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Foreign Affairs lobbies California over paper ban, Bill 416 now excludes Canada

Bill 416 bans state agencies from buying paper, building supplies from any supplier where “forest degradation or deforestation occurred” due to “industrial logging.”

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Alex Anas Ahmed Calgary AB
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Canada’s Foreign Affairs department successfully lobbied California legislators to rewrite a climate change bill that threatened forestry exports.

Diplomats feared the California bill if adopted, would be taken up by other states and hurt sales. "Canada is concerned," said a department briefing note. Environment Minister Jonathan Wilkinson attended a July 9 videoconference with California Governor Gavin Newsom, a Democrat, to discuss "nature conservation," according to a statement. Wilkinson’s office made no mention of Canadian lobbying to amend the state Democrats’ bill, according to Blacklocks.

Bill 416, the California Deforestation-Free Procurement Act, would ban state agencies from buying paper, building supplies or other forest products from any supplier where "forest degradation or deforestation occurred" due to "industrial logging."

"This bill in the California legislature could force U.S. companies to move their sourcing from Canadian forest product suppliers and may inspire similar bills in other states or at the federal level," said a department briefing note California Deforestation-Free Government Procurement Bill. American imports of wood products from Canada are worth US$17 billion a year, "the largest supplier by far," wrote staff.

The note said Canada’s Consul General in San Francisco, Rana Sarkar, lobbied California Democrats for an exemption. "Advocacy efforts led by the Consulate in San Francisco led to the bill being amended to remove 'language as not to offend Canada,'" wrote staff.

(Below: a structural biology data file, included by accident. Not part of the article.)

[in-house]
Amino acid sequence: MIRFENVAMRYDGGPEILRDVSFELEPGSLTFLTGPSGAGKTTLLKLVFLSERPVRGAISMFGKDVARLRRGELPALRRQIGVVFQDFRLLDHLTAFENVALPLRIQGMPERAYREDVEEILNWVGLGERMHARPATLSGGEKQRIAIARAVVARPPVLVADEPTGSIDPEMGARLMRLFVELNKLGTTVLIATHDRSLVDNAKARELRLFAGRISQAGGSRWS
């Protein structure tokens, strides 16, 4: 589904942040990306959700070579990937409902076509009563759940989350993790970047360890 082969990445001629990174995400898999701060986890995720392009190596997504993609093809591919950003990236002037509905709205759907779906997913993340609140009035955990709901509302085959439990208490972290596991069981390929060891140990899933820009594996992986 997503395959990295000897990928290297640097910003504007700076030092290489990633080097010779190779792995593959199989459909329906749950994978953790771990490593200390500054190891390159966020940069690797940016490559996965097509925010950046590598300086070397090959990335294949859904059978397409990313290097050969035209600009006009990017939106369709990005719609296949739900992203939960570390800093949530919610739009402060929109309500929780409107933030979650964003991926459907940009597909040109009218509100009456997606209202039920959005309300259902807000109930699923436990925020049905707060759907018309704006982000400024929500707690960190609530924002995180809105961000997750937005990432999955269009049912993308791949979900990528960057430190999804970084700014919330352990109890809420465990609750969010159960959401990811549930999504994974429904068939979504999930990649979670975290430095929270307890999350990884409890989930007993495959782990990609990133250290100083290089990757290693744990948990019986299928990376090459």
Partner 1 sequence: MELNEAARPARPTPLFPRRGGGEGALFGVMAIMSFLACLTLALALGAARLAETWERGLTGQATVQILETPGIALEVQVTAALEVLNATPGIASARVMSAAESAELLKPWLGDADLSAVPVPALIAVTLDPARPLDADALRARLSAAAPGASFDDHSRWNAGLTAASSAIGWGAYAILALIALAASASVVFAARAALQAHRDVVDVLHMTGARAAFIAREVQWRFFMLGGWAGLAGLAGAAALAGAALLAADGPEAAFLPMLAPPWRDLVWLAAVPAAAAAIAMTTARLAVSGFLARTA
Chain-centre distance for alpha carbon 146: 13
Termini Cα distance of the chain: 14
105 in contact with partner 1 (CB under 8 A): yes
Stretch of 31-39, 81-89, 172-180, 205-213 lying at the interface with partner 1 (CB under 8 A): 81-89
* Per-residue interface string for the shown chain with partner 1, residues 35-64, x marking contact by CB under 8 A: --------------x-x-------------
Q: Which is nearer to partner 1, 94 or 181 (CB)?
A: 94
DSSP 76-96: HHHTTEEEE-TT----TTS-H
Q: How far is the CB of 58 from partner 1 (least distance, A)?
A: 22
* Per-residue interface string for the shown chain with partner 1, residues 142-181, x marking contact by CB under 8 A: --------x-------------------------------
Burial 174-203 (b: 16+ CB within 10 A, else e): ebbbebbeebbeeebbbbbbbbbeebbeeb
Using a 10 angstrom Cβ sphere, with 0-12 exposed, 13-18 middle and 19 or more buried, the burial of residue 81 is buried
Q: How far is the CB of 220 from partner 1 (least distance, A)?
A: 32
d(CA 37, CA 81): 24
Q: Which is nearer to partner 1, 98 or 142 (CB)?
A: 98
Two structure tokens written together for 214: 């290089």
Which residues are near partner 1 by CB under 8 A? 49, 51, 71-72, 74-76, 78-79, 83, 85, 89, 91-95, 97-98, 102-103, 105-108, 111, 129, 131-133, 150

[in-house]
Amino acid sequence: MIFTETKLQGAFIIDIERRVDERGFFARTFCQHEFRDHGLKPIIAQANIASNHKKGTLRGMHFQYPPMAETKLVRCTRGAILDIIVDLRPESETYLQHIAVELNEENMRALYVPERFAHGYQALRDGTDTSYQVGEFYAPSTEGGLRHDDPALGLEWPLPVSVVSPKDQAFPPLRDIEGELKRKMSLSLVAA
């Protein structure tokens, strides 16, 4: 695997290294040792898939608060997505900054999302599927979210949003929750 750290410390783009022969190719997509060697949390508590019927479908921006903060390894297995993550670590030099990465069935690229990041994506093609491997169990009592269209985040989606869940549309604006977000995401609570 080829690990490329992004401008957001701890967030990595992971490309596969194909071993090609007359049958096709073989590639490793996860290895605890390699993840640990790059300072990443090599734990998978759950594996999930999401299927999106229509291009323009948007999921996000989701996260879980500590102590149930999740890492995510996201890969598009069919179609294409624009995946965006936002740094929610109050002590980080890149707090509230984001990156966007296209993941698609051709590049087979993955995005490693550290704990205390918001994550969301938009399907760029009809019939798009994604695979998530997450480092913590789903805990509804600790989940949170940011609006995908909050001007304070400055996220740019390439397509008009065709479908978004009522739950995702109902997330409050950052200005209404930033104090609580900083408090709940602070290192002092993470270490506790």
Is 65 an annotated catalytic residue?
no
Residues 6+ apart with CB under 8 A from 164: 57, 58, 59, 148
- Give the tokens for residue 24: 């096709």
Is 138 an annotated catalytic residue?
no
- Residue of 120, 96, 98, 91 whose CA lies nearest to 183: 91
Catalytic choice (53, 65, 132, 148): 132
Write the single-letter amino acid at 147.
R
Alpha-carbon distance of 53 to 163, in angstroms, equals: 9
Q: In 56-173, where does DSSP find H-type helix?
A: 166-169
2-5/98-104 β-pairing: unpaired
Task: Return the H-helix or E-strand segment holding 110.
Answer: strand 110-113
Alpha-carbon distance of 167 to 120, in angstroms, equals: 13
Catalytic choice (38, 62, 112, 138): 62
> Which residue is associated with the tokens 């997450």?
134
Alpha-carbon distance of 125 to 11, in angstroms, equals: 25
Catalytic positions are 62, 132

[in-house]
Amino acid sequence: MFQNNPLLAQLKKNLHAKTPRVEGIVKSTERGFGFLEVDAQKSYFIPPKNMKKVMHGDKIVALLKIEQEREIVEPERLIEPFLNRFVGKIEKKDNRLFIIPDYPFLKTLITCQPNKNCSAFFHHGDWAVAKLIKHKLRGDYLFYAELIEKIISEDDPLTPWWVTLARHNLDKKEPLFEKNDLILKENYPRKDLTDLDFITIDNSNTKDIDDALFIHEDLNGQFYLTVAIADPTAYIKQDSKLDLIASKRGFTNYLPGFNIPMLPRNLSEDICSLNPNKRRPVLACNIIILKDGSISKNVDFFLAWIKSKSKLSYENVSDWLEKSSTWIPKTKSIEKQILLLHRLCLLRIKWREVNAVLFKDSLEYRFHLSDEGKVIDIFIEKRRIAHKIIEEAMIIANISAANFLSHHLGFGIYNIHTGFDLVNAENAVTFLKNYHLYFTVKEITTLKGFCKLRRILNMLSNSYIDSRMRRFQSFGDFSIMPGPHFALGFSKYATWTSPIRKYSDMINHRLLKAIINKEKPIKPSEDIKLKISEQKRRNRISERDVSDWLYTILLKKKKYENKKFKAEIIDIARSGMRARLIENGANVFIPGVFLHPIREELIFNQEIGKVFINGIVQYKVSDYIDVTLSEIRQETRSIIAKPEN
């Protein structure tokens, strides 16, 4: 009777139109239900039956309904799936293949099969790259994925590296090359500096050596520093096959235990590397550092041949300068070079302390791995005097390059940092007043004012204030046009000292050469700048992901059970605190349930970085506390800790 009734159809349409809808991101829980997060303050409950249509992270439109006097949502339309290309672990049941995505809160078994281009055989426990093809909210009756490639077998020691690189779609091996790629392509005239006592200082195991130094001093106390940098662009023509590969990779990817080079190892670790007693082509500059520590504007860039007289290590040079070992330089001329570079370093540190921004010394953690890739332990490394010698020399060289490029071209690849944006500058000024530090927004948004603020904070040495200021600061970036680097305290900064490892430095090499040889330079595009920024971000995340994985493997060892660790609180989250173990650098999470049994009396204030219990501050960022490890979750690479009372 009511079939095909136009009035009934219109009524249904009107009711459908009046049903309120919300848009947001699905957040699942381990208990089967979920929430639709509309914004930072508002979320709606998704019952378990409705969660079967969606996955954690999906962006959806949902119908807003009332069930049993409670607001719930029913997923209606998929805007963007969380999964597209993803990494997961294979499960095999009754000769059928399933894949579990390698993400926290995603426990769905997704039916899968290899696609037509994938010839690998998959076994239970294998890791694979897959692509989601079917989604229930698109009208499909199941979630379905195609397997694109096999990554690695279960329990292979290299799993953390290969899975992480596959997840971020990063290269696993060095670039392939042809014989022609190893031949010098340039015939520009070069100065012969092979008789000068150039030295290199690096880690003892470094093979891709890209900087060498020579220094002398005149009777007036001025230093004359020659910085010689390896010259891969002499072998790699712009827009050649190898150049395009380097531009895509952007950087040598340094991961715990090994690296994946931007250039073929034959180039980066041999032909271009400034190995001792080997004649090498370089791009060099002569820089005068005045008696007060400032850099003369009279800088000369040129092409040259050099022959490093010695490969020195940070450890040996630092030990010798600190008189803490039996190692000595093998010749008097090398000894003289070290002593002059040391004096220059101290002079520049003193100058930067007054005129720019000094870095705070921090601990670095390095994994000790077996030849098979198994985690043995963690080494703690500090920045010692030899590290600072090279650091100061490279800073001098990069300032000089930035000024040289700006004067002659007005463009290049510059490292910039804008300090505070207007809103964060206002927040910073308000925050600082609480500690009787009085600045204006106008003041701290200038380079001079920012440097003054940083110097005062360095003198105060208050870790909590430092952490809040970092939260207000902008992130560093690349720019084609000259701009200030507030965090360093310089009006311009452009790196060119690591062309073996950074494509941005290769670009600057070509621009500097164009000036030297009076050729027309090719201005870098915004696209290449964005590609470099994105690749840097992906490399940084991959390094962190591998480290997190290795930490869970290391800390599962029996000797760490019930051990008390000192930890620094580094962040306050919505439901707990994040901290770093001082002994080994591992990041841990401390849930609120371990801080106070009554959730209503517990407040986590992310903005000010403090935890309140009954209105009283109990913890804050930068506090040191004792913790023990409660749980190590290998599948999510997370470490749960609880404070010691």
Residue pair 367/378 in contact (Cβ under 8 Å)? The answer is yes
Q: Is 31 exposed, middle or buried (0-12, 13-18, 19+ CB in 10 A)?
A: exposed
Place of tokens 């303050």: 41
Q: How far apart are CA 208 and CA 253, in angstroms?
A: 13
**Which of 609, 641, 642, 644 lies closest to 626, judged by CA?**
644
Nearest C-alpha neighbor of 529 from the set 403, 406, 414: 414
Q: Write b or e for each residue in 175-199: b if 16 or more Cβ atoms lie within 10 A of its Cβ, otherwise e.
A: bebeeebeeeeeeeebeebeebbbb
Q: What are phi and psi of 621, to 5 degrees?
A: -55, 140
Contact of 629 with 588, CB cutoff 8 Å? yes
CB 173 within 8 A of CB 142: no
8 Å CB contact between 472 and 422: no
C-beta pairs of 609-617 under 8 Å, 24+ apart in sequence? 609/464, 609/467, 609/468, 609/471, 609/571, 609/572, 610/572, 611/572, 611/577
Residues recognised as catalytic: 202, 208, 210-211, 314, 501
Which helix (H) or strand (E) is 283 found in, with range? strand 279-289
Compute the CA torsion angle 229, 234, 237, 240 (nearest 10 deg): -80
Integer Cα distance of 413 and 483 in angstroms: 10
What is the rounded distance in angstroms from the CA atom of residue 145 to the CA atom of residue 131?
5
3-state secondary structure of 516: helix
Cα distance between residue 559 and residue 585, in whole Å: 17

"Canada has taken a targeted advocacy approach to the bill, which has allowed the Consul General in San Francisco to draw on his longstanding relationships with legislators to gather intelligence, share views and build mutual trust," said the note. "Canada’s messaging has emphasized our world-leading forest management record, our bi-national supply chains, the important role forests play for Canada’s Indigenous communities, and our position as a climate leader."

Consul Sarkar, a twice-unsuccessful Toronto Liberal candidate for Parliament, was appointed to the $260,000-a year post in 2017. "I know Rana Sarkar," said Assemblyman Ash Kalra of San Jose, sponsor of the bill. Kalra yesterday said he was repeatedly lobbied to delete references to "industrial logging" in boreal forests. "Friends can vehemently disagree, but at the end of the day, we have to move on," she said.

The bill passed the California Assembly on June 2 by a 49-19 vote. It was rewritten by a state Senate committee to apply only to wood products from "tropical" countries. Assemblyman Kalra said the revision was clearly a result of Canadian lobbying. "Everybody has the right to petition," she said.

"The Consul General’s office and I personally met more than once," Kalra said, despite their difference of opinion. "As our planet is burning, I think we need to show some urgency in protecting boreal forests. If this bill passes even as amended, we will be the largest jurisdiction with a deforestation policy on procurement."

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